The number of people hospitalized with Covid-19 in America reached a record high Wednesday with 151,261 patients as the rapidly spreading Omicron variant, putting some states’ intensive care units nearly full.
As the infection spreads, health care systems across the nation are confronting shortages of medical workers, who face a greater chance of Covid-19 exposure and must isolate after testing positive, and 19 states have less than 15% remaining capacity in their ICUs.
At least four states—Kentucky, Alabama, Indiana and New Hampshire—have less than 10% remaining capacity in their ICUs, according to data Wednesday from the US Department of Health and Human Services.
President Joe Biden will deploy a new wave of federal medical teams to six states to help hospitals combat the highly contagious Omicron variant as his administration’s Covid-19 response puts a focus on New Jersey, Michigan, New Mexico, New York, Ohio and Rhode Island.
Although research indicated the Omicron variant may cause less of a chance of needing hospitalization than prior Covid-19 variants, the strain’s increased transmissibility means more people will be infected, including those who are at higher risk for severe disease, such as those who are unvaccinated or immunocompromised.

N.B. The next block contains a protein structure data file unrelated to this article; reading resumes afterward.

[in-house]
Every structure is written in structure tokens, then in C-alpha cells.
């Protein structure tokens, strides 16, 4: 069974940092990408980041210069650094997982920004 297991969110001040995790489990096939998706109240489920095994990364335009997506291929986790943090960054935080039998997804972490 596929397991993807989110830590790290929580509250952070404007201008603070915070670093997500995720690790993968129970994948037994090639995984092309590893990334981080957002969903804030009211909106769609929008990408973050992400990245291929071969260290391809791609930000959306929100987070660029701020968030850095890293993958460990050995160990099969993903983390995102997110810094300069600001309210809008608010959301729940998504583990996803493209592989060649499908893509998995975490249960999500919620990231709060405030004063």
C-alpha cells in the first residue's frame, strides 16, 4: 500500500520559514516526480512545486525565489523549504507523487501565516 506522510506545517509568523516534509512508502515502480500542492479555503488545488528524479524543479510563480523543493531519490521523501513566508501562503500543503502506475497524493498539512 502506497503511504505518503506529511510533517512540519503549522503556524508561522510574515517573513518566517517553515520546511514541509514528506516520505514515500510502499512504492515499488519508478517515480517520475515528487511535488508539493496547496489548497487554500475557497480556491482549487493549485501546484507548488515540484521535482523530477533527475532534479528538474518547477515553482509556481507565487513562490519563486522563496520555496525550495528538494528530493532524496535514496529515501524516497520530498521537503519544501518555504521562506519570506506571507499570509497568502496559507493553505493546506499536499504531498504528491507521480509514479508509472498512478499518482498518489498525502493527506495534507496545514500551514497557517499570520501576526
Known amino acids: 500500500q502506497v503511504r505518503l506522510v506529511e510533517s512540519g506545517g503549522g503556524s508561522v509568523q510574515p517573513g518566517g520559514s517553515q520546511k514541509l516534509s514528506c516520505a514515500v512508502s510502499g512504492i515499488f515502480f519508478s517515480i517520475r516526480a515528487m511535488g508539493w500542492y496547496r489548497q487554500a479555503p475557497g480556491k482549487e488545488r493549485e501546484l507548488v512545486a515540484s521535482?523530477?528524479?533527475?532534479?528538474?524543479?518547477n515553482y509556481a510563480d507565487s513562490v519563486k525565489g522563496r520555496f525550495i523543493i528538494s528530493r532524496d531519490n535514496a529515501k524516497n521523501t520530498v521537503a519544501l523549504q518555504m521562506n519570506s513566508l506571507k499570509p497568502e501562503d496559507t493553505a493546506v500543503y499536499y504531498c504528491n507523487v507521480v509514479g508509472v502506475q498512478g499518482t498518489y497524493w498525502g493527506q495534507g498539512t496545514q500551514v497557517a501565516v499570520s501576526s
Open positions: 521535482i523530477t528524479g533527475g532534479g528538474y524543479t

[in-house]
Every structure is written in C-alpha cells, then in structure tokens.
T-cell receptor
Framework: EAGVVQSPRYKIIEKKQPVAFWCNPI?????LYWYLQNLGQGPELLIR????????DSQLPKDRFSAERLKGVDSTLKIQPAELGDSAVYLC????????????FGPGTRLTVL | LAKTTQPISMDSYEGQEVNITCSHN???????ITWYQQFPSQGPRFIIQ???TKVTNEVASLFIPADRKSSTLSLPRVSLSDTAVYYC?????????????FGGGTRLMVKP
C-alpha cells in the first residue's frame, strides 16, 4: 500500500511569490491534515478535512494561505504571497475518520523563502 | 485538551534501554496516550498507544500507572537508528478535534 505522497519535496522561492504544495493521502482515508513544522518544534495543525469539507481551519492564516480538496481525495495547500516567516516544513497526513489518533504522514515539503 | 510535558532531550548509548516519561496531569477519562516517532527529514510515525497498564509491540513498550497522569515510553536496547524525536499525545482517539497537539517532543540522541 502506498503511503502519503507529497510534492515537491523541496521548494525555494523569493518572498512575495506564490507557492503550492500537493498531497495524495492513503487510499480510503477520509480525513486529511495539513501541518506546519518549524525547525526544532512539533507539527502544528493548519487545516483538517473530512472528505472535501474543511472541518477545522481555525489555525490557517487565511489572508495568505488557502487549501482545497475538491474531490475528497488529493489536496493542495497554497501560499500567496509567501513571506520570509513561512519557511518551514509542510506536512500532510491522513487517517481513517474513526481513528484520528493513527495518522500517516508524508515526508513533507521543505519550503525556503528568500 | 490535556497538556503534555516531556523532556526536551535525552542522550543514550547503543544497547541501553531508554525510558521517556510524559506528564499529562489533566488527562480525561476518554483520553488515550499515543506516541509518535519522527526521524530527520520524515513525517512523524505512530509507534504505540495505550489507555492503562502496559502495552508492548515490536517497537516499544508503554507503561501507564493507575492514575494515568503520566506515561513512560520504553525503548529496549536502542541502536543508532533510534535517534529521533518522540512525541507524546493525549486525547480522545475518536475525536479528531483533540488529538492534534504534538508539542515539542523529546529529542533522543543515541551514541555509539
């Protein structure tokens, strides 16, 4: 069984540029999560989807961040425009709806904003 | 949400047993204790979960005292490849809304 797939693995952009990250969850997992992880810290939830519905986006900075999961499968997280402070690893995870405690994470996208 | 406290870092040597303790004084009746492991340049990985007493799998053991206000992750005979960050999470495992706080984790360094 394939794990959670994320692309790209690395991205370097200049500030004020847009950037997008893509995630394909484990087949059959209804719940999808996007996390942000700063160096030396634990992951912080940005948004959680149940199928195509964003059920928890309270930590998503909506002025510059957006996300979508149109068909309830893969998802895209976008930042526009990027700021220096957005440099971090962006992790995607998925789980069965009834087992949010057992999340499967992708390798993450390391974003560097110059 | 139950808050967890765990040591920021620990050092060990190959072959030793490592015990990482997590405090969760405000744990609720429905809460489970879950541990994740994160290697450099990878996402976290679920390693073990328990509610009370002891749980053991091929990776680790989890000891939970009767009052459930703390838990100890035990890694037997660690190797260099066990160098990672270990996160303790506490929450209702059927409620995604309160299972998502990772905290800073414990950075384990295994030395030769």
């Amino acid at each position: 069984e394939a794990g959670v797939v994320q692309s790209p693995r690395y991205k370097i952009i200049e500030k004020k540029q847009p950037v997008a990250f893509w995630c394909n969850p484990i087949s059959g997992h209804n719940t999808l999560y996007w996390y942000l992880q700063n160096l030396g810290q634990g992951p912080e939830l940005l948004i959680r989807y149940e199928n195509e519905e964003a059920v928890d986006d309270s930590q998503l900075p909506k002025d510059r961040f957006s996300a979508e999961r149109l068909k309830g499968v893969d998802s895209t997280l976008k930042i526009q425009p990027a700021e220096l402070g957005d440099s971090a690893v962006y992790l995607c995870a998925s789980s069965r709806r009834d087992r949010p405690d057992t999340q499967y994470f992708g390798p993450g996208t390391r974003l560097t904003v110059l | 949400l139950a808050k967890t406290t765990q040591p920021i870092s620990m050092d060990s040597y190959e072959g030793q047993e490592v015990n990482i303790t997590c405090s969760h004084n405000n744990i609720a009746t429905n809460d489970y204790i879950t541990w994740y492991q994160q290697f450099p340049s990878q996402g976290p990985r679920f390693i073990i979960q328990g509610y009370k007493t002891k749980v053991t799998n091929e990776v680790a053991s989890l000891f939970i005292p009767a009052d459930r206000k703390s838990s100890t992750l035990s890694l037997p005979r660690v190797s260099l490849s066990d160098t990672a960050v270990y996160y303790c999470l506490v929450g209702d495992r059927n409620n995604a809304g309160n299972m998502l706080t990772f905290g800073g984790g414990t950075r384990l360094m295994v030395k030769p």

While conditions are not as dire as at the start of the pandemic nearly two years ago due to the availability of vaccines and other treatment options, the staffing shortages in hospitals is a real concern during this latest surge, said Dr. Craig Spencer, director of global health in emergency medicine at New York-Presbyterian/Columbia University Medical Center.
“The problem is that right now we have hospitals where there’s not enough nurses to take care of the patients who are coming in, the Covid patients and the non-Covid patients,” said Spencer.
Dr. Gillian Schmitz, president of the American College of Emergency Physicians, said the strain on front-line workers is worse now than at any other point in the pandemic.
“Many places across the country are getting to the point where even their backup staff are getting sick,” said Schmitz. “Pretty much the whole country right now is feeling this surge of cases that is impacting staffing.”
The US averaged more than 747,260 new Covid-19 cases daily over the last week, according to Johns Hopkins University data. That’s about three times last winter’s peak average (251,987 on January 11, 2021), and about 4.5 times the peak from the Delta-driven surge (166,347 on September 1).
The whole world is having similar problems as those seen in America.
In France, thousands of teachers have gone on strike in protest over the government’s school safety protocols.
India recorded nearly 250,000 cases — a big jump from the day before. New Delhi has announced new restrictions as it braces for a new wave of infections.